Prime minister David Cameron checks to see if Barack Obama has followed him back yet. Photo: Getty.
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Four tips David Cameron can learn from world leaders on how to use Twitter

What tips can David Cameron learn from the annual Twiplomacy report, which studies how world leaders use Twitter? He needs a little help – not only because he's regularly insulted online, but because Barack Obama won't follow him back. 

Offline, India's new prime minister Narendra Modi is a divisive figure – the charismatic son of a tea-seller rose through the ranks of the militant Hindu Nationalist group the RSS and is believed to have played a key role in inciting the 2002 Gujurat riots that saw over a thousand people, mainly Muslims, killed. Online, however, he’s proved a hit. The 2014 Twiplomacy report, which analyses the use of Twitter by heads of state and world leaders, has found that he’s shot up to become the fourth most-followed world leader, with 4.99m followers. He recently overtook the White House, which has 4.98 million followers.

The most-followed world leader remains Barack Obama with 43.7 million followers, followed by the Pope who has 14 million followers across his nine different language accounts. This makes David Cameron’s following look slightly measly – he has 669,000 followers on his @David_Cameron account and 2.68 million under the @Number10gov handle.

But then all world leaders can only aspire to the online following of Justin Bieber, who has 52.5 million Twitter fans, or the 54 million following each of Katy Perry’s profound tweets. She recently tweeted that we should “unplug to connect”. Which is deep. But probably not good advice for politicians in the internet age.

So what lessons can politicians learn from the Twitplomacy report?

1. Barack Obama doesn’t follow back

It’s understandable that world leaders should want to follow Barack Obama when he occupies such an influential position in international diplomacy. The @WhiteHouse and @BarackObama accounts are followed by 222 and 179 world leaders respectively. But no one likes a Twitter user who doesn’t follow back. Barack Obama only follows two world leaders: Norway’s Prime Minister Erna Solberg and Russia’s prime minister Dmitry Medvedev. I can’t figure out the logic behind Obama’s Twitter friendships, but it’s a bit embarrassing for David Cameron and the special relationship, especially as Obama does follow my friend Amir (@Afesh), a freelance journalist.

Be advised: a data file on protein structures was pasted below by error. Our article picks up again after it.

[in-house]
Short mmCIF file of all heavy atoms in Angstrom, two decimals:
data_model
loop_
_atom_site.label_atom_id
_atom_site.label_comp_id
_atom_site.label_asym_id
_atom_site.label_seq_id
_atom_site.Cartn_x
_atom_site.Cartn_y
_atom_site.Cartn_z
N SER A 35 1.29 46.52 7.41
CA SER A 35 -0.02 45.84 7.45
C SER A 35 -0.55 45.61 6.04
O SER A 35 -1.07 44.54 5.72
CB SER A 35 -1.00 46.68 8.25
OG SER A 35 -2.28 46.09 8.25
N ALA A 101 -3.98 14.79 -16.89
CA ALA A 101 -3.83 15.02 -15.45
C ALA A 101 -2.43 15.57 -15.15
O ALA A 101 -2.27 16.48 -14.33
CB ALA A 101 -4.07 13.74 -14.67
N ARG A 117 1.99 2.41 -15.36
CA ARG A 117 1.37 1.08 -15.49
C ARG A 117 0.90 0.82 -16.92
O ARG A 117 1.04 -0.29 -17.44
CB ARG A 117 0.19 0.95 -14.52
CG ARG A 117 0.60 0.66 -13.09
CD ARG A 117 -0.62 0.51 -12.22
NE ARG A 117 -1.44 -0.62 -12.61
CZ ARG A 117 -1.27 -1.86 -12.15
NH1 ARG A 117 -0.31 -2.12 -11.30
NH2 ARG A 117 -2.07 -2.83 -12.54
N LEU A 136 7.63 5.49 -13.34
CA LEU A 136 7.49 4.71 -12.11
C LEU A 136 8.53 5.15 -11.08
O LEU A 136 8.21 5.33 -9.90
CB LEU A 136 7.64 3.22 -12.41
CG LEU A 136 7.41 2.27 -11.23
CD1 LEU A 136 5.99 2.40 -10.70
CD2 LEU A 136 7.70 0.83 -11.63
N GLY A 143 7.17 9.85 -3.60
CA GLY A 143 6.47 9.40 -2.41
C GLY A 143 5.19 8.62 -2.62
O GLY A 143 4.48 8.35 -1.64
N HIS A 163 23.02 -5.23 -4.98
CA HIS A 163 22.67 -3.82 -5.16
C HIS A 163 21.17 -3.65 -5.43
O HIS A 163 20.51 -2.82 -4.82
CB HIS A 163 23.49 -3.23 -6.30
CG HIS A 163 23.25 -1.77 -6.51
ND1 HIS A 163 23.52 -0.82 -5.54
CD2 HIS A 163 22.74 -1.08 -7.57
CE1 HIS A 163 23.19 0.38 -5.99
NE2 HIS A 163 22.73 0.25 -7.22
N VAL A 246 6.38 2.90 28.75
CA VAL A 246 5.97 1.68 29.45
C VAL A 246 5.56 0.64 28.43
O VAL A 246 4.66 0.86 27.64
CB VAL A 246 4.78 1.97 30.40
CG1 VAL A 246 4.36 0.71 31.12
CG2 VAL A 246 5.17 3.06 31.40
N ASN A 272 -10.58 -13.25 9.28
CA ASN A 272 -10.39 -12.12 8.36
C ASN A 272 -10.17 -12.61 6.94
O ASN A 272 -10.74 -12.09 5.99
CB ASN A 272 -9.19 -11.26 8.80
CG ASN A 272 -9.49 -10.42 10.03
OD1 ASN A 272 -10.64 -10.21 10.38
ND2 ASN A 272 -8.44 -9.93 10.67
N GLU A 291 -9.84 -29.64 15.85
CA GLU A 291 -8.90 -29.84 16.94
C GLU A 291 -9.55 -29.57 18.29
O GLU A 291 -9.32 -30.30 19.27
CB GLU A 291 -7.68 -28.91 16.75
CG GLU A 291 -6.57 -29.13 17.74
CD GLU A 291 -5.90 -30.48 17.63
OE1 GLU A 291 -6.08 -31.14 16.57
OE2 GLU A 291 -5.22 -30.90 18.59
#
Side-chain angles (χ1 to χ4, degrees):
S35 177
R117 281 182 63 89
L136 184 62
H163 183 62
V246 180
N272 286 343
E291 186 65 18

2. Having a lot of followers isn’t the same as having a lot of influence

Barack Obama has the most followers, and his “Four more years” tweet was one of the most popular tweets ever, having been retweeted 806,066 times. But the Pope is more influential. On average his tweets are re-tweeted 10,000 times from his Spanish account and 6,462 from his English account. The Venezuelan prime minister is the second most influential, his tweets are shared an average of 2,065 times. Obama averages 1,442 retweets.

The Twiplomacy Report doesn’t cover average Twitter replies or their content – which might be good news for Cameron who regularly gets tweeted insults such as “f*** off moonface” or, more creatively, “deluded spunktrumpet dishface”. I bet the Pope doesn’t have to put up with that.

3. Tweeting selfies is a good idea (except possibly for Cameron)

On average, tweeting pictures is a good idea, as it boosts engagement by 62%. Obama showed this successfully with his “four more years” picture of him hugging Michelle. Cameron has tried to do the same – a third of his tweets include a picture or infographic. Sometimes, however, it backfires.




4. Don’t worry, autocrats, banning the Twitter needn’t affect your popularity!

Turkey’s prime minister Recep Tayyip Erdoğan might have tried to ban Twitter in March, but this hasn’t stopped him from amassing an impressive 4.3 million followers, making him the seventh most followed world leader. Autocrats can take heart: apparently banning Twitter in your country doesn’t necessarily affect online popularity. Twitter is banned in Iran, yet the country’s President Hassan Rouhani has had the fastest-growing account over the last year: he has 223,000 followers, 19 times higher than in 2013. But please don’t ban Twitter, Cameron. 

Sophie McBain is a freelance writer based in Cairo. She was previously an assistant editor at the New Statesman.

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Interview: Momentum’s vice chair Jackie Walker on unity, antisemitism, and discipline in Labour

The leading pro-Corbyn campaigner sets out her plan for the party.

As Jeremy Corbyn’s supporters celebrate after his second win, Jackie Walker – vice chair of the pro-Corbyn campaign organisation Momentum, a Labour member and an activist – talks about the result and the next steps for Labour’s membership.

Walker is a controversial figure in the party. Her history as a black anti-racism activist and advocate for Palestine, and her Jewish background on both sides of her family, did not keep her from being accused of antisemitism for a February Facebook post about the African slave trade. In May, she was suspended from the Labour party for her comments, only to be reinstated a few weeks later after a meeting of Labour’s National Executive Committee.